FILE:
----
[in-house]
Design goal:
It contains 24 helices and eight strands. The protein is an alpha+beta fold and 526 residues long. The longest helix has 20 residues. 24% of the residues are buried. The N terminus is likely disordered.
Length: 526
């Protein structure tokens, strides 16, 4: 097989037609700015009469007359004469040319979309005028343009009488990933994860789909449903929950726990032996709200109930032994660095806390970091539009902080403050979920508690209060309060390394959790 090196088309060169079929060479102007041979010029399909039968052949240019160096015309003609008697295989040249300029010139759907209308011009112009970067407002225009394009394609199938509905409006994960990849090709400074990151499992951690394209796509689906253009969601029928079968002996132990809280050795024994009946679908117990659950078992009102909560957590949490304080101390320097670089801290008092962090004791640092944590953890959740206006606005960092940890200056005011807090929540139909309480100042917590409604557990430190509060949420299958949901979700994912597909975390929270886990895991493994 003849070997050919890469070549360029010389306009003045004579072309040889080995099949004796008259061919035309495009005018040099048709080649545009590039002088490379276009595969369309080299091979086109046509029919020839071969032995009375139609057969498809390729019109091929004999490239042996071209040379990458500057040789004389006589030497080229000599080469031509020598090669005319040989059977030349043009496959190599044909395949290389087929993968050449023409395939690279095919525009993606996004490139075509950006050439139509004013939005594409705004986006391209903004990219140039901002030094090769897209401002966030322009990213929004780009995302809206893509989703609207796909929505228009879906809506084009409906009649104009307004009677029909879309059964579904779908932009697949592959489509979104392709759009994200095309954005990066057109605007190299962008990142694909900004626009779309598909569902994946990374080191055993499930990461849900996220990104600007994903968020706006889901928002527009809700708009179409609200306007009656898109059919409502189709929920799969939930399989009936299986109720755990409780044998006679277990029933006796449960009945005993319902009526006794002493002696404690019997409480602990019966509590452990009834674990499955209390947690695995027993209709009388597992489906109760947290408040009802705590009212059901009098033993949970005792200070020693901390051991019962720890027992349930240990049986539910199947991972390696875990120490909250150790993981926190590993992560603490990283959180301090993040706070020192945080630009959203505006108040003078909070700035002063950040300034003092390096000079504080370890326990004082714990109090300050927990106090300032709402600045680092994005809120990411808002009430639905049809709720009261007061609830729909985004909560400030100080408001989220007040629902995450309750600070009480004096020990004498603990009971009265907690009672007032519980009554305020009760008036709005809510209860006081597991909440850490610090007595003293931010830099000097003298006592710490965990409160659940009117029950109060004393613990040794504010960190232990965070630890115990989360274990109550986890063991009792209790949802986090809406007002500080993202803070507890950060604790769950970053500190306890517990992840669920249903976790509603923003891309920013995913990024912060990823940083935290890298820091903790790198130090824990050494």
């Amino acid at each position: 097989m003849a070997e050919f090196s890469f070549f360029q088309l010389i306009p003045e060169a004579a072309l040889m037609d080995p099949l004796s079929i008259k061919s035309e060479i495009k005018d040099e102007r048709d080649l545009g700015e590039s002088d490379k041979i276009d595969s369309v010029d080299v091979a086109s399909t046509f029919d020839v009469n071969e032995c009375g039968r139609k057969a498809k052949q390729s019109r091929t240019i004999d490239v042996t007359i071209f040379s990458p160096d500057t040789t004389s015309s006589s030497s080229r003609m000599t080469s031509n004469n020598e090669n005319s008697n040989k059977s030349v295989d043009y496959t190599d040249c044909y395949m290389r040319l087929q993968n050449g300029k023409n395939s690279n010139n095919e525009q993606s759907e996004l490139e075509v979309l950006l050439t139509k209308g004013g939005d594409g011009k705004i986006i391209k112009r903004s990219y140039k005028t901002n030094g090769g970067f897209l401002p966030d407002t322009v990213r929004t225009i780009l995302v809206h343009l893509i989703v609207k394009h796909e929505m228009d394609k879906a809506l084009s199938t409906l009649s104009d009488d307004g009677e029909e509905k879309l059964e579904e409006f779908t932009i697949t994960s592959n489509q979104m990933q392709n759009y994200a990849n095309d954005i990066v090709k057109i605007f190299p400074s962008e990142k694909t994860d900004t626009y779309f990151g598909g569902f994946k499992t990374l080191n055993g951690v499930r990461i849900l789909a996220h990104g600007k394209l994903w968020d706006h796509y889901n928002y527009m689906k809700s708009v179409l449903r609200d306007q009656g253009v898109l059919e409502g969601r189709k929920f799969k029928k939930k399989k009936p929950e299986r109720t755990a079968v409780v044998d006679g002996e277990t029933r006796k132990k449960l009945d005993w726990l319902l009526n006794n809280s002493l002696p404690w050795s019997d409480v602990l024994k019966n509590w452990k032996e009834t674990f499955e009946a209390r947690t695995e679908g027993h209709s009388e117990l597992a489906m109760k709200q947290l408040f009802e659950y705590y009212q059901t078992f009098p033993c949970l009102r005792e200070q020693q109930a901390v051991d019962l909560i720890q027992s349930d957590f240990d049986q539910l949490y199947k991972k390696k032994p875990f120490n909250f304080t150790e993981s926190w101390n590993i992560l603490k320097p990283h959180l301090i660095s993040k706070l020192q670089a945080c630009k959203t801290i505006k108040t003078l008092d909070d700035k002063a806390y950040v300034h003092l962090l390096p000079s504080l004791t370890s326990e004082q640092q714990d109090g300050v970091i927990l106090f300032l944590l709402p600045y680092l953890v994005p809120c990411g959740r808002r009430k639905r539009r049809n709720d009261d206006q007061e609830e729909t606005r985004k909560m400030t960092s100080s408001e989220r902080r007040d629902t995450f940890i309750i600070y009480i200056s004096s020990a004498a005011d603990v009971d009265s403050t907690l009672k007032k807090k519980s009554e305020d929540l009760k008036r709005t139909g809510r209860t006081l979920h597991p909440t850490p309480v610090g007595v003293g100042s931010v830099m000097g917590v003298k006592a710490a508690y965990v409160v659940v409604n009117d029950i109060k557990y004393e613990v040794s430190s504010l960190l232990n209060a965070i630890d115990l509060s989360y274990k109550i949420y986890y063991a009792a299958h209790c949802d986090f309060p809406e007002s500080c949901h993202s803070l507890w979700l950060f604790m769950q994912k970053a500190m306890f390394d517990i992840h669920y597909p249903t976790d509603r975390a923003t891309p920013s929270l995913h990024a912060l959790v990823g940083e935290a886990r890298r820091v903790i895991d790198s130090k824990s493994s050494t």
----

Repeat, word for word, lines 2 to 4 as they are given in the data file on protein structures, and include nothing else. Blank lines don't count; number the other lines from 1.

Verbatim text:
Design goal:
It contains 24 helices and eight strands. The protein is an alpha+beta fold and 526 residues long. The longest helix has 20 residues. 24% of the residues are buried. The N terminus is likely disordered.
Length: 526